Federal Reserve Bank of San Francisco Launches Search for New Bank First Vice President and COO
SAN FRANCISCO – The Federal Reserve Bank of San Francisco’s board of directors today announced the search for the Bank’s first vice president and chief operating officer. The incumbent, Mark A. Gould, was recently named the Federal Reserve System’s first chief payments executive.
The first vice president and chief operating officer is integral to the Bank’s pursuit of its vision to be a premier public service organization, and its commitment to reflect and serve every person and community across the Twelfth District.
As the second-ranking officer of the Federal Reserve Bank of San Francisco, the first vice president and chief operating officer not only oversees the Bank’s operations and risk management, but also helps design and execute the strategic direction of the organization while fostering an inclusive and empowering environment where employees can do their best work. View the full position description (PDF, 1.4 mb).
A search committee comprising three members of the Bank’s head office board of directors has been formed to lead the search. In keeping with the Federal Reserve Act, only Class B and Class C directors – those unaffiliated with regulated banks or financial institutions – are eligible to participate in the selection of a Federal Reserve Bank first vice president.
The members of the board’s search committee are:
- Rosemary Turner, retired president of UPS Northern California. Turner chairs the Bank’s head office board and will also serve as the search committee chair;
- Tamara Lundgren, chairman and CEO of Schnitzer Steel Industries, Inc.; and,
- David White, national executive director and chief negotiator of SAG-AFTRA.
“The San Francisco Fed’s first vice president and chief operating officer is essential to advancing the Bank’s mission and strategic priorities,” said Ms. Turner. “Working closely with President Daly, the search committee and I look forward to conducting an inclusive search that identifies the best and most qualified person for the role from a diverse candidate pool.”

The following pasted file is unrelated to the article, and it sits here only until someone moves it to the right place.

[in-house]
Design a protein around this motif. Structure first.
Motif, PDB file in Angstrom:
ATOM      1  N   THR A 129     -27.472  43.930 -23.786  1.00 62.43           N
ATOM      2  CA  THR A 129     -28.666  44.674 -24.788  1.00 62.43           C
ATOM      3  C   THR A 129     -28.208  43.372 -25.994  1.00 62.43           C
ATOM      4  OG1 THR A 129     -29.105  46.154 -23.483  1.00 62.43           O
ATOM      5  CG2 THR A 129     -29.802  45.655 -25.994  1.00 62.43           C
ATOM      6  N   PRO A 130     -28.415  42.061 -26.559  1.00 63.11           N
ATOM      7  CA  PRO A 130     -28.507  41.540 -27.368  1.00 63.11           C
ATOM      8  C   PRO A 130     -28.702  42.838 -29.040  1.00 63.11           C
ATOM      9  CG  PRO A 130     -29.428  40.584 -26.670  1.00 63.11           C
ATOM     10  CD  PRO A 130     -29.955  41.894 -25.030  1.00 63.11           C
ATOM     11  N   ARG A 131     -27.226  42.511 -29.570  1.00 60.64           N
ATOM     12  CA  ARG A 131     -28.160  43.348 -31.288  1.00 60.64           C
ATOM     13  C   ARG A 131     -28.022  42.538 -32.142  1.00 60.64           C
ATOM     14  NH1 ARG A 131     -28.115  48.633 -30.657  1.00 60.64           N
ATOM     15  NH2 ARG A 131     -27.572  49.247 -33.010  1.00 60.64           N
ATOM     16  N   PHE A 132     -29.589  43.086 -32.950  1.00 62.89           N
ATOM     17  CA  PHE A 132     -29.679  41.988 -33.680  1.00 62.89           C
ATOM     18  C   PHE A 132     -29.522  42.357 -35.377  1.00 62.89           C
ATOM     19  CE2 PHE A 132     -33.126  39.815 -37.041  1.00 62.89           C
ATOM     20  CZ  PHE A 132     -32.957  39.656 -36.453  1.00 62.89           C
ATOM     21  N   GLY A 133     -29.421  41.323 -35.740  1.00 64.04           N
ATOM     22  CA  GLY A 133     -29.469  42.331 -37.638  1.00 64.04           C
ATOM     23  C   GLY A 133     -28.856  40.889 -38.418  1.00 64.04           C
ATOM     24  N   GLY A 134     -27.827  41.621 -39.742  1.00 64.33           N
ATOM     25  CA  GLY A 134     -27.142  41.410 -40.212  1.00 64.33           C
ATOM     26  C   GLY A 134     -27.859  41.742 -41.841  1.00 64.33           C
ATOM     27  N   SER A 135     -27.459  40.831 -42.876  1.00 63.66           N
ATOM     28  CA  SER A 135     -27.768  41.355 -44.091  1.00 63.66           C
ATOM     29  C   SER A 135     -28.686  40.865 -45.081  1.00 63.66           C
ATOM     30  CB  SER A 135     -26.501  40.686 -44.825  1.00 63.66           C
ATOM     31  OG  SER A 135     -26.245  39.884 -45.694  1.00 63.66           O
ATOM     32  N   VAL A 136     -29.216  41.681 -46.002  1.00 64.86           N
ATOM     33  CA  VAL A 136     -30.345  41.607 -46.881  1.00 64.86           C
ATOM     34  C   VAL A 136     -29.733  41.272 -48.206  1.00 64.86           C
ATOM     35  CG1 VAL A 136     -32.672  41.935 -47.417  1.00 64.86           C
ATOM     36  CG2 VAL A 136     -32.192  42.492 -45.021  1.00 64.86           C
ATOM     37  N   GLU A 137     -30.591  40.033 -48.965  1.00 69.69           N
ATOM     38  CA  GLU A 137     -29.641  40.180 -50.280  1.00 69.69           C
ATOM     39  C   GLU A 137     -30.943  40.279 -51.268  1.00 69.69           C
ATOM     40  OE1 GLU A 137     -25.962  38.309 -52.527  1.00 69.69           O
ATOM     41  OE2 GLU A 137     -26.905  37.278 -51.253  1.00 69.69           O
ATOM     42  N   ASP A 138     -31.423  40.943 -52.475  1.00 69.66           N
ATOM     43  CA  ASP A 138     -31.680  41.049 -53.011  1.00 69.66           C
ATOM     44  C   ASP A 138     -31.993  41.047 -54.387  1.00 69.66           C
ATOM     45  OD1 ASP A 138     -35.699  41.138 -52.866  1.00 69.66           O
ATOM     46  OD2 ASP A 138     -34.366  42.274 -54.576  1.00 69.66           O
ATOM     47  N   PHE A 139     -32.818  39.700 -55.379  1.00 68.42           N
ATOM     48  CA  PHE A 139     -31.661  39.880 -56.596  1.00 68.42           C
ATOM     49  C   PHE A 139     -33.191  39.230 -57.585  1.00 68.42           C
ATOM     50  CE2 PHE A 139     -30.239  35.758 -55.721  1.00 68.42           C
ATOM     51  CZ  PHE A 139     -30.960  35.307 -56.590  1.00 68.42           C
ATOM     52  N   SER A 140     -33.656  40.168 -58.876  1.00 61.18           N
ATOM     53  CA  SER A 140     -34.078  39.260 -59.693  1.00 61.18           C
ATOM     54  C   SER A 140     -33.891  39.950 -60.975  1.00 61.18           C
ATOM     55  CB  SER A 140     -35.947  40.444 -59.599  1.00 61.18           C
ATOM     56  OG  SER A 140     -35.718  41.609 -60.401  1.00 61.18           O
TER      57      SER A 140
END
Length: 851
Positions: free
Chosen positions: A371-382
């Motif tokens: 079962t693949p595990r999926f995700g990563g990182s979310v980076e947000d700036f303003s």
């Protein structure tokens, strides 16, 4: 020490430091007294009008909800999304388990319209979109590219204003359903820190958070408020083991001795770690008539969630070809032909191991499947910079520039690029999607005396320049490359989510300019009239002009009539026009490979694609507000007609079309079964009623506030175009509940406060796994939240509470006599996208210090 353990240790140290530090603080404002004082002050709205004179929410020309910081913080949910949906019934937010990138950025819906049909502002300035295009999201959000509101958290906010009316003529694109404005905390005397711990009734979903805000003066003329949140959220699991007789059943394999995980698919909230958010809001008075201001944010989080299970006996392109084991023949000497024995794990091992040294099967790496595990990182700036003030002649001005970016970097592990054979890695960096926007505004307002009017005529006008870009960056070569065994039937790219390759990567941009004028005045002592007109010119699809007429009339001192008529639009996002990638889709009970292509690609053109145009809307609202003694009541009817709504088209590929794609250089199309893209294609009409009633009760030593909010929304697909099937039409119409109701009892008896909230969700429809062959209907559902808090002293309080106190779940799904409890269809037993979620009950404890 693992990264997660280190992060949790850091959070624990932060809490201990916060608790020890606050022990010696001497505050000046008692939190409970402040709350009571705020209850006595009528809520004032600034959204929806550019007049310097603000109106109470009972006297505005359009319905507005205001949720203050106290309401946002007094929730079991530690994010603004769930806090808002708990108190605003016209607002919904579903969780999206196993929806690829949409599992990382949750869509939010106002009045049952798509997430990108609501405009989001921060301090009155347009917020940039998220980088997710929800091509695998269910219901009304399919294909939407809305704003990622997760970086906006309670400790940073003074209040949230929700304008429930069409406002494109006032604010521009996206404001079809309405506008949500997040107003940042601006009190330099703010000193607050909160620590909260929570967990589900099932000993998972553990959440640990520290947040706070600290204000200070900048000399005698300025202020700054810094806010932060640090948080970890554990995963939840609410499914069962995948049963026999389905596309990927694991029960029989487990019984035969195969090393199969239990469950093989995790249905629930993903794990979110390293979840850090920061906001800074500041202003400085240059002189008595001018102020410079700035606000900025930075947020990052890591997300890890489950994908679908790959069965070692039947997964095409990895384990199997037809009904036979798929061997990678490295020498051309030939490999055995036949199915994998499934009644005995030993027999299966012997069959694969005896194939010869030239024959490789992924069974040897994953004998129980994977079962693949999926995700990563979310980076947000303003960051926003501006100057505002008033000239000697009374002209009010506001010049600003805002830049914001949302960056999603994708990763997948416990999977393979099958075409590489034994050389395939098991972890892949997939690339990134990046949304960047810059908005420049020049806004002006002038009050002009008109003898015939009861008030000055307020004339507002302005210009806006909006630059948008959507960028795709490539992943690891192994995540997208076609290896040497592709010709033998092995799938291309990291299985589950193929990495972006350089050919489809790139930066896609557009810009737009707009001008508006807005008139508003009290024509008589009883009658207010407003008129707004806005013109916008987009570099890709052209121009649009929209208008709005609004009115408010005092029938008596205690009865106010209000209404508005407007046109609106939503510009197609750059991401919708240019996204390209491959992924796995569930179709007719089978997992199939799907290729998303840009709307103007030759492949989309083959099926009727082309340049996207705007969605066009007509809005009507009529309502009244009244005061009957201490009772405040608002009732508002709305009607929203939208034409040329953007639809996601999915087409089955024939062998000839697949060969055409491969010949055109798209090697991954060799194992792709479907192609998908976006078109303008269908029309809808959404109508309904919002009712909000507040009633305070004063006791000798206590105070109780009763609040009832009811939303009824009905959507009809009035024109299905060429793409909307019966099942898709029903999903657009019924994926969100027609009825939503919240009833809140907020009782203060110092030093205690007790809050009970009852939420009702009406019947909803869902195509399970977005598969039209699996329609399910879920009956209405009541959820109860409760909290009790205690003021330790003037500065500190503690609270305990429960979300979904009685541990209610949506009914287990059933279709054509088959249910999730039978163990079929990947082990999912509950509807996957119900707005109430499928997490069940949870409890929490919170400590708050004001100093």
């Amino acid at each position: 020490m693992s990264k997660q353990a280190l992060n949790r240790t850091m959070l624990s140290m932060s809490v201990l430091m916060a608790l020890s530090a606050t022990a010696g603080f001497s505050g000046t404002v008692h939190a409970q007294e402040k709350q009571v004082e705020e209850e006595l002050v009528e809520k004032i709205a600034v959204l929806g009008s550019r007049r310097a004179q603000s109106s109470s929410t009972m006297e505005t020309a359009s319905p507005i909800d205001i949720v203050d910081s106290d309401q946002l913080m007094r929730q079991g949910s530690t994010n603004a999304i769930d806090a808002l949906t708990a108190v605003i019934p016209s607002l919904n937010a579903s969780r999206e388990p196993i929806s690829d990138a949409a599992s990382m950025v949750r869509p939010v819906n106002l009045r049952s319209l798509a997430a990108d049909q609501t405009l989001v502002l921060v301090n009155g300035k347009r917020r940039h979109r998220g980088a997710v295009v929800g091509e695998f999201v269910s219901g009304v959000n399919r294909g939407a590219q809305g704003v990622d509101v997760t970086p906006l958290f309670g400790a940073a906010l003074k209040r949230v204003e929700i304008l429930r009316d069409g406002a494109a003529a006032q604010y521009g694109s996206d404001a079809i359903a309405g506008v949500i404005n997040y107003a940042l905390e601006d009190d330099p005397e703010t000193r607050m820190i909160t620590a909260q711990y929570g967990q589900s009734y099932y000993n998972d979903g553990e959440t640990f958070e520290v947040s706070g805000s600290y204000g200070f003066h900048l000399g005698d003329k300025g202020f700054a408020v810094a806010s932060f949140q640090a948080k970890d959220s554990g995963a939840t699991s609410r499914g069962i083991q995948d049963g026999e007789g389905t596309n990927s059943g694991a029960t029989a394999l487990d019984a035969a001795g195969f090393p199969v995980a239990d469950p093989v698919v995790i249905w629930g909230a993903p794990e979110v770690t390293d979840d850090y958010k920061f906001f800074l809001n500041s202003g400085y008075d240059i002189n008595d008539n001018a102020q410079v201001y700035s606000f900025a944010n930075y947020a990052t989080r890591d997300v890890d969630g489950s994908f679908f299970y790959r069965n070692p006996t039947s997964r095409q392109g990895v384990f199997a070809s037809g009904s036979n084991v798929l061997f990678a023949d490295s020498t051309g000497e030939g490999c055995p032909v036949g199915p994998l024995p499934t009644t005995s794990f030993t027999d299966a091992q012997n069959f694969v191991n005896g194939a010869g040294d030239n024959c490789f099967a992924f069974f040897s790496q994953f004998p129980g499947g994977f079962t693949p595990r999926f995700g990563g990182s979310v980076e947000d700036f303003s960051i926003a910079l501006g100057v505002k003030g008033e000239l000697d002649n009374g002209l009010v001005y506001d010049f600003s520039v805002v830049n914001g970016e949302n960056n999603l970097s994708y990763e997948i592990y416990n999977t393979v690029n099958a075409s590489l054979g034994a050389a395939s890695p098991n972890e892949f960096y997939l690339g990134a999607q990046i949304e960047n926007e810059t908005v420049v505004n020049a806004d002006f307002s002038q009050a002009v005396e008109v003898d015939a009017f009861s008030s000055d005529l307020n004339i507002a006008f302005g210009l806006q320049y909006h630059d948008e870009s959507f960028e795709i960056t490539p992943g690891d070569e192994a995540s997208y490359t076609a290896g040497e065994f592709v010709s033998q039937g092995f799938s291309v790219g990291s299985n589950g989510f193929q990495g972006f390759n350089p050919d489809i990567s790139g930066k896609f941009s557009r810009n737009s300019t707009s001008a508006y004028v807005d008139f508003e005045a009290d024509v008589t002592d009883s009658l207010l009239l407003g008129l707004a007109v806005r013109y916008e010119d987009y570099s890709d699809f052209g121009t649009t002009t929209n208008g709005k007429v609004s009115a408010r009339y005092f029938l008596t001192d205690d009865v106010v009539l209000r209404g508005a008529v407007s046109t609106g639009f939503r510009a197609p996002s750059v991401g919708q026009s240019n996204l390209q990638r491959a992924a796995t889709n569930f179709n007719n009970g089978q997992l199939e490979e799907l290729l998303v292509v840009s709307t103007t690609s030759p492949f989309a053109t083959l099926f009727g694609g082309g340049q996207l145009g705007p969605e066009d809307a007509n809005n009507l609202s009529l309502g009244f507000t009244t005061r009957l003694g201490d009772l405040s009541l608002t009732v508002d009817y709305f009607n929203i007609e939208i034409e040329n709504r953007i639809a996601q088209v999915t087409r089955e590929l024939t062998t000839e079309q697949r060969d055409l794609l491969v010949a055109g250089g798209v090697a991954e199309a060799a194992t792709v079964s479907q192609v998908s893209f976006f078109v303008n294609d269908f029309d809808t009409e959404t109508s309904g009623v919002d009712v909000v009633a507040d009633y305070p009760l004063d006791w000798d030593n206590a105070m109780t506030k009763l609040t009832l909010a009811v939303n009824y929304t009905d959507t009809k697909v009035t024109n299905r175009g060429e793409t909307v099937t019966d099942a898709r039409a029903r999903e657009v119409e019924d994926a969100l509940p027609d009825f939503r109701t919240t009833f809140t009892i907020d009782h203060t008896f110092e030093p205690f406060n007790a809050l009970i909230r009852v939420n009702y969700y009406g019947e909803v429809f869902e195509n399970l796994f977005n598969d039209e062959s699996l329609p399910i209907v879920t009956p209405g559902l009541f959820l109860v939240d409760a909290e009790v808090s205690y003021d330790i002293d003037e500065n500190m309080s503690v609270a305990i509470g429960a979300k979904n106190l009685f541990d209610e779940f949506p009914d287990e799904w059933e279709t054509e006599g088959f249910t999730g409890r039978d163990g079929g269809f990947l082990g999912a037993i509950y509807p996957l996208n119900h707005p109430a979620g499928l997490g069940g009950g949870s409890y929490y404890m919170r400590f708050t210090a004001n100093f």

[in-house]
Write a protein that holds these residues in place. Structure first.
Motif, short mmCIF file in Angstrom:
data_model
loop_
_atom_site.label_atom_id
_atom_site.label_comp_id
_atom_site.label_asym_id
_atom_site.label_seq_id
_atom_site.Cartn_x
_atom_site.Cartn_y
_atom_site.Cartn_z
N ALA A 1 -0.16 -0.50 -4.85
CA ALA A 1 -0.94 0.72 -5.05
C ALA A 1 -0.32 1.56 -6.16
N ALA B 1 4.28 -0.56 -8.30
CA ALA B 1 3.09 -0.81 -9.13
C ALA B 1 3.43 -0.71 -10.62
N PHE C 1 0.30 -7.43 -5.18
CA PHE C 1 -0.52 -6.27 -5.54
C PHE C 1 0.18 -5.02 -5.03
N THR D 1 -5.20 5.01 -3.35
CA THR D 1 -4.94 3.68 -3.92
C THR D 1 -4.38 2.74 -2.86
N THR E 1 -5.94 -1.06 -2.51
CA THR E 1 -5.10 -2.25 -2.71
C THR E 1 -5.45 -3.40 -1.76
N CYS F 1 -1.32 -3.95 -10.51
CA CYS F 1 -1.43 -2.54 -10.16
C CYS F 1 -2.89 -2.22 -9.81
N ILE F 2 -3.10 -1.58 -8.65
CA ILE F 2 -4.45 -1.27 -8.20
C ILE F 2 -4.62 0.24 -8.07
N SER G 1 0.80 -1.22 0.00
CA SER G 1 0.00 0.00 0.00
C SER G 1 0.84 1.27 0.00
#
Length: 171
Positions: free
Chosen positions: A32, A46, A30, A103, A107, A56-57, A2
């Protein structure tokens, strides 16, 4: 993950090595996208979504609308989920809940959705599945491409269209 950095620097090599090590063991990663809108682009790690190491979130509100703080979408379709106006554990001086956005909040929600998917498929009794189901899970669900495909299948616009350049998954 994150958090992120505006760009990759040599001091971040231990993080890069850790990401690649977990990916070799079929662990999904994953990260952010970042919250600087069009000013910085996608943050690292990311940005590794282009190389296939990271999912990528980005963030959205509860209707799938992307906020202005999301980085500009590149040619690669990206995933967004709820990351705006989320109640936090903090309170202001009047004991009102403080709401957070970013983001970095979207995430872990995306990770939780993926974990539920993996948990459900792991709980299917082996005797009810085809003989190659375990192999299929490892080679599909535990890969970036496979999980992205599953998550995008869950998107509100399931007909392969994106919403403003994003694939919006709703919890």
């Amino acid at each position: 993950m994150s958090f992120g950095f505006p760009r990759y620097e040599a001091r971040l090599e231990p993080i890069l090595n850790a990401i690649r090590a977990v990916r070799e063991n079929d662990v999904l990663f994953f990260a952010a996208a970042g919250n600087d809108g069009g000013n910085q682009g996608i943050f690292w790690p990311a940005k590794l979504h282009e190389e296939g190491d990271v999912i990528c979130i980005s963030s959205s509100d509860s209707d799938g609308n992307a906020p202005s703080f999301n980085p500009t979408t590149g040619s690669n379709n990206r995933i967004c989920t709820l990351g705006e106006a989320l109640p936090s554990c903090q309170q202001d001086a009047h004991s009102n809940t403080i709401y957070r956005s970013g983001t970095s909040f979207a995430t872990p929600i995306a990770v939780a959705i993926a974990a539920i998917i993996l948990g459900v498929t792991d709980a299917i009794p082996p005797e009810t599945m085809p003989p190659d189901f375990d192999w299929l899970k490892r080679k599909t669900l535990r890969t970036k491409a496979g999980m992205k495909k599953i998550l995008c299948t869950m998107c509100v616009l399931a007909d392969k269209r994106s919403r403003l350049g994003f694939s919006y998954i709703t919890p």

Mary C. Daly, president and chief executive officer of the Federal Reserve Bank of San Francisco, added, “Mark Gould was our outstanding first vice president and chief operating officer for the last seven years, cutting through red tape, driving innovation, and leading our evolution to become a people-first organization that empowers our employees. We are excited to search for our next first vice president and chief operating officer who will help us strengthen our position as a community-engaged Bank ready to meet the challenges of a dynamic future.”
The search committee has retained Diversified Search, the largest female-owned and founded firm in the search industry. Diversified Search has offices across the U.S. and is part of an international alliance of independent executive search firms that spans 36 countries. Diversified Search will help the board search committee conduct an extensive search for the next first vice president and chief operating officer of the Federal Reserve Bank of San Francisco.
There is no set timeline for completing the search. The search committee will continue to field, vet, and interview qualified candidates until it has identified the best person for the job. The final candidate will then be appointed by the Class B and Class C directors in concurrence with the Federal Reserve Board of Governors.
For questions about this role and the application process, contact Diversified Search via email at email@example.com.
This was originally published on April 15 and updated on May 19 to include the first vice president and chief operating officer position description.
Federal Reserve Bank of San Francisco
The Federal Reserve Bank of San Francisco (SF Fed) serves the public by promoting a healthy, sustainable economy, and supporting the nation’s financial and payment systems. With offices in Los Angeles, Seattle, Salt Lake City, Portland and Phoenix, the Bank serves the Twelfth Federal Reserve District, which includes one-fifth of the nation’s population and represents the world’s fourth-largest economy. As part of the nation’s central bank, the SF Fed informs monetary policy, regulates banks, administers certain consumer protection laws and acts as a financial partner to the U.S. government.